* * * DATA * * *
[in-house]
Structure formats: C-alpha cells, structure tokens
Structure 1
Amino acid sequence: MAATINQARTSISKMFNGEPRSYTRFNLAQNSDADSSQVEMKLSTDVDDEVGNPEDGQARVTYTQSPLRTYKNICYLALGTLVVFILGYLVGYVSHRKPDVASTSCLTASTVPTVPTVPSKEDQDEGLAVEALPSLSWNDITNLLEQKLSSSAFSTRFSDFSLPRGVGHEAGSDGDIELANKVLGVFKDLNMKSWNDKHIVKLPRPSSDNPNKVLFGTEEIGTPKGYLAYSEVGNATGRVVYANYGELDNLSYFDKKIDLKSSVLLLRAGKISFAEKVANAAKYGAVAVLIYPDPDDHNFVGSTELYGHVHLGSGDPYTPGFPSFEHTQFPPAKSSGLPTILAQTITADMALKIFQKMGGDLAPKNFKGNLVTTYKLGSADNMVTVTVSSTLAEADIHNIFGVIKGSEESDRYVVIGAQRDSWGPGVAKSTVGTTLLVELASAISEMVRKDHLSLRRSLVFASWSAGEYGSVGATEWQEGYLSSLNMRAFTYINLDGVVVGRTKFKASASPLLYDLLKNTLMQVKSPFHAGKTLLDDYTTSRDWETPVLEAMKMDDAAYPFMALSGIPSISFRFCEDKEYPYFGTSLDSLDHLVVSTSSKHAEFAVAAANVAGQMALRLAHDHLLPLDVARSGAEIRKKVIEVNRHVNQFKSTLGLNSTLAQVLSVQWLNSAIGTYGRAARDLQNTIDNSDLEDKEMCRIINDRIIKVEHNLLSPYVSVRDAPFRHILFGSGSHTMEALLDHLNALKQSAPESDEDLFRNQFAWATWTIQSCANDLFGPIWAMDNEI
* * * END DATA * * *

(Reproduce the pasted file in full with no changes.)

[in-house]
Structure formats: C-alpha cells, structure tokens
Structure 1
Amino acid sequence: MAATINQARTSISKMFNGEPRSYTRFNLAQNSDADSSQVEMKLSTDVDDEVGNPEDGQARVTYTQSPLRTYKNICYLALGTLVVFILGYLVGYVSHRKPDVASTSCLTASTVPTVPTVPSKEDQDEGLAVEALPSLSWNDITNLLEQKLSSSAFSTRFSDFSLPRGVGHEAGSDGDIELANKVLGVFKDLNMKSWNDKHIVKLPRPSSDNPNKVLFGTEEIGTPKGYLAYSEVGNATGRVVYANYGELDNLSYFDKKIDLKSSVLLLRAGKISFAEKVANAAKYGAVAVLIYPDPDDHNFVGSTELYGHVHLGSGDPYTPGFPSFEHTQFPPAKSSGLPTILAQTITADMALKIFQKMGGDLAPKNFKGNLVTTYKLGSADNMVTVTVSSTLAEADIHNIFGVIKGSEESDRYVVIGAQRDSWGPGVAKSTVGTTLLVELASAISEMVRKDHLSLRRSLVFASWSAGEYGSVGATEWQEGYLSSLNMRAFTYINLDGVVVGRTKFKASASPLLYDLLKNTLMQVKSPFHAGKTLLDDYTTSRDWETPVLEAMKMDDAAYPFMALSGIPSISFRFCEDKEYPYFGTSLDSLDHLVVSTSSKHAEFAVAAANVAGQMALRLAHDHLLPLDVARSGAEIRKKVIEVNRHVNQFKSTLGLNSTLAQVLSVQWLNSAIGTYGRAARDLQNTIDNSDLEDKEMCRIINDRIIKVEHNLLSPYVSVRDAPFRHILFGSGSHTMEALLDHLNALKQSAPESDEDLFRNQFAWATWTIQSCANDLFGPIWAMDNEI